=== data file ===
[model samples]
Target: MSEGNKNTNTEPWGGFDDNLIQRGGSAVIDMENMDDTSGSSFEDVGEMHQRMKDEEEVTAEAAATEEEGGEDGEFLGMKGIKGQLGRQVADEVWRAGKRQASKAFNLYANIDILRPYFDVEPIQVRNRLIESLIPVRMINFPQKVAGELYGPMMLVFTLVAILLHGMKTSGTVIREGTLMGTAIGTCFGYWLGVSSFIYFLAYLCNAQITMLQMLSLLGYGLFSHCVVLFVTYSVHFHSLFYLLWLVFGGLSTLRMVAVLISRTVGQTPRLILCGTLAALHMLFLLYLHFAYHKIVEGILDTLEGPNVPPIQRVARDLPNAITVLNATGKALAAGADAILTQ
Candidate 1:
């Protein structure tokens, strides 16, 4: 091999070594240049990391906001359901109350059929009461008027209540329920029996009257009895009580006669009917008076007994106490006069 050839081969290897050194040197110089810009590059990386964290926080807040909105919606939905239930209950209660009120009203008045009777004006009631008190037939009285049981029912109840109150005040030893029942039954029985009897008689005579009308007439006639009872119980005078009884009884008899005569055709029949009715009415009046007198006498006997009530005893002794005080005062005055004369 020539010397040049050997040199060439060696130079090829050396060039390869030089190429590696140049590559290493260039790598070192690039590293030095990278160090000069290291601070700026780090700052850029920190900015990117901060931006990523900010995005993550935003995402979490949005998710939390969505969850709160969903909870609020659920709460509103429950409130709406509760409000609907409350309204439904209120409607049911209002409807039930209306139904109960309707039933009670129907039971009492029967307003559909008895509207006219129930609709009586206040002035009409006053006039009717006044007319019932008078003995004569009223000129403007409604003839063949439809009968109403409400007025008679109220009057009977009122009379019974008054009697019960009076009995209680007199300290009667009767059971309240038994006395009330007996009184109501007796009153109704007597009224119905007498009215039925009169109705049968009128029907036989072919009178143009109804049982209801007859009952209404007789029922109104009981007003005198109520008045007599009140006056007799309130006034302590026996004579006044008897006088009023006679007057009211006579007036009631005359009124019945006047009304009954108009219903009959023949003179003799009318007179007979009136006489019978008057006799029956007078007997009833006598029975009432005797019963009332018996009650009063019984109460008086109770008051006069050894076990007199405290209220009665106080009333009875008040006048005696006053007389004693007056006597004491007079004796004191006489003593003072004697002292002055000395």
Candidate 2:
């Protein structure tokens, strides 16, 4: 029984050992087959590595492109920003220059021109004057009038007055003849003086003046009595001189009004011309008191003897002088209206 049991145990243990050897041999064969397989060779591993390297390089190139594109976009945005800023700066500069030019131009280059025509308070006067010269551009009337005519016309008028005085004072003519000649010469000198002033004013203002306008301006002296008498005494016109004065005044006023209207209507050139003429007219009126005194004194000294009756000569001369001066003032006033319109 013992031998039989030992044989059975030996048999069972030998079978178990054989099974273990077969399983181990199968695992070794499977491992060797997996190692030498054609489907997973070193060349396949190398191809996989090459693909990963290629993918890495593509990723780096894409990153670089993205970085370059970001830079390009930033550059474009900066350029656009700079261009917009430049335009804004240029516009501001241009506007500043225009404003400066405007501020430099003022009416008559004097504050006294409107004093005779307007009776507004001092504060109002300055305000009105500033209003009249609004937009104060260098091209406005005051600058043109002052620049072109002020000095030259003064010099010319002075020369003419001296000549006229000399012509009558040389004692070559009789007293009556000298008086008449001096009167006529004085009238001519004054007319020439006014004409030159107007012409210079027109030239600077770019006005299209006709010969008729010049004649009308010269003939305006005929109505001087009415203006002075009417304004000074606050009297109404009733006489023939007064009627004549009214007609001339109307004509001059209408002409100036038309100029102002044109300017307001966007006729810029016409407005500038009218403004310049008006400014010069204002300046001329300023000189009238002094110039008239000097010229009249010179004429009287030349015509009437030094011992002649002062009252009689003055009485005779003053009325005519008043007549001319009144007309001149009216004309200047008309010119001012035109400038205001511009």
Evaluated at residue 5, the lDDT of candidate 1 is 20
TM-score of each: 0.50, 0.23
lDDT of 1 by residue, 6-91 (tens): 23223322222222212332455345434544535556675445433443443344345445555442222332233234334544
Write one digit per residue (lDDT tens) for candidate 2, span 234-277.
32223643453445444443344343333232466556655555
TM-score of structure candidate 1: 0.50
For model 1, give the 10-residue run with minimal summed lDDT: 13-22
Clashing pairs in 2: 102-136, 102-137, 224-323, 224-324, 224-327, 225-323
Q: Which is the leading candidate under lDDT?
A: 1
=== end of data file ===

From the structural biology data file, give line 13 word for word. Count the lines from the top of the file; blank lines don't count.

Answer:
For model 1, give the 10-residue run with minimal summed lDDT: 13-22